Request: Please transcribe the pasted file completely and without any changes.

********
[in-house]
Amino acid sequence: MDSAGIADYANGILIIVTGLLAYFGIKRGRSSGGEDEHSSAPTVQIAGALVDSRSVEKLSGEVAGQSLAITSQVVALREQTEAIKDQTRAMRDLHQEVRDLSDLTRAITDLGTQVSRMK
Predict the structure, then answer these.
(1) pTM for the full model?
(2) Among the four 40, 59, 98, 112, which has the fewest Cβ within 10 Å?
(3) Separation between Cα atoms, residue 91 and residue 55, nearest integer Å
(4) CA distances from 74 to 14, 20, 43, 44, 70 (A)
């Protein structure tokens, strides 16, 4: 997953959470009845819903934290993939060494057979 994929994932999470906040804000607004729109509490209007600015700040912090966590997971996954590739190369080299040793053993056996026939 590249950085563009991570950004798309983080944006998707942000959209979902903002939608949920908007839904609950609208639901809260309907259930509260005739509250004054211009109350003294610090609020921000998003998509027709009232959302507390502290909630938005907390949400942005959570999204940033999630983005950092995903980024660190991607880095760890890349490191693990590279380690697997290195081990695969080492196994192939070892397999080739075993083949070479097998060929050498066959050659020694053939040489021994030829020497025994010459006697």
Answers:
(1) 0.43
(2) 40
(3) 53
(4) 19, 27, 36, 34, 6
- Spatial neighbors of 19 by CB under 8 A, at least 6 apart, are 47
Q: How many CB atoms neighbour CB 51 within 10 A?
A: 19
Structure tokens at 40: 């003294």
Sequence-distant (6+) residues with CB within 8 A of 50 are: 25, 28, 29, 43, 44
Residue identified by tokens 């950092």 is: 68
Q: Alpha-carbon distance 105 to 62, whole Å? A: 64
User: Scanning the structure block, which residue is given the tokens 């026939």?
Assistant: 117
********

[in-house]
Amino acid sequence: MDSAGIADYANGILIIVTGLLAYFGIKRGRSSGGEDEHSSAPTVQIAGALVDSRSVEKLSGEVAGQSLAITSQVVALREQTEAIKDQTRAMRDLHQEVRDLSDLTRAITDLGTQVSRMK
Predict the structure, then answer these.
(1) pTM for the full model?
(2) Among the four 40, 59, 98, 112, which has the fewest Cβ within 10 Å?
(3) Separation between Cα atoms, residue 91 and residue 55, nearest integer Å
(4) CA distances from 74 to 14, 20, 43, 44, 70 (A)
């Protein structure tokens, strides 16, 4: 997953959470009845819903934290993939060494057979 994929994932999470906040804000607004729109509490209007600015700040912090966590997971996954590739190369080299040793053993056996026939 590249950085563009991570950004798309983080944006998707942000959209979902903002939608949920908007839904609950609208639901809260309907259930509260005739509250004054211009109350003294610090609020921000998003998509027709009232959302507390502290909630938005907390949400942005959570999204940033999630983005950092995903980024660190991607880095760890890349490191693990590279380690697997290195081990695969080492196994192939070892397999080739075993083949070479097998060929050498066959050659020694053939040489021994030829020497025994010459006697």
Answers:
(1) 0.43
(2) 40
(3) 53
(4) 19, 27, 36, 34, 6
- Spatial neighbors of 19 by CB under 8 A, at least 6 apart, are 47
Q: How many CB atoms neighbour CB 51 within 10 A?
A: 19
Structure tokens at 40: 């003294």
Sequence-distant (6+) residues with CB within 8 A of 50 are: 25, 28, 29, 43, 44
Residue identified by tokens 């950092």 is: 68
Q: Alpha-carbon distance 105 to 62, whole Å? A: 64
User: Scanning the structure block, which residue is given the tokens 């026939």?
Assistant: 117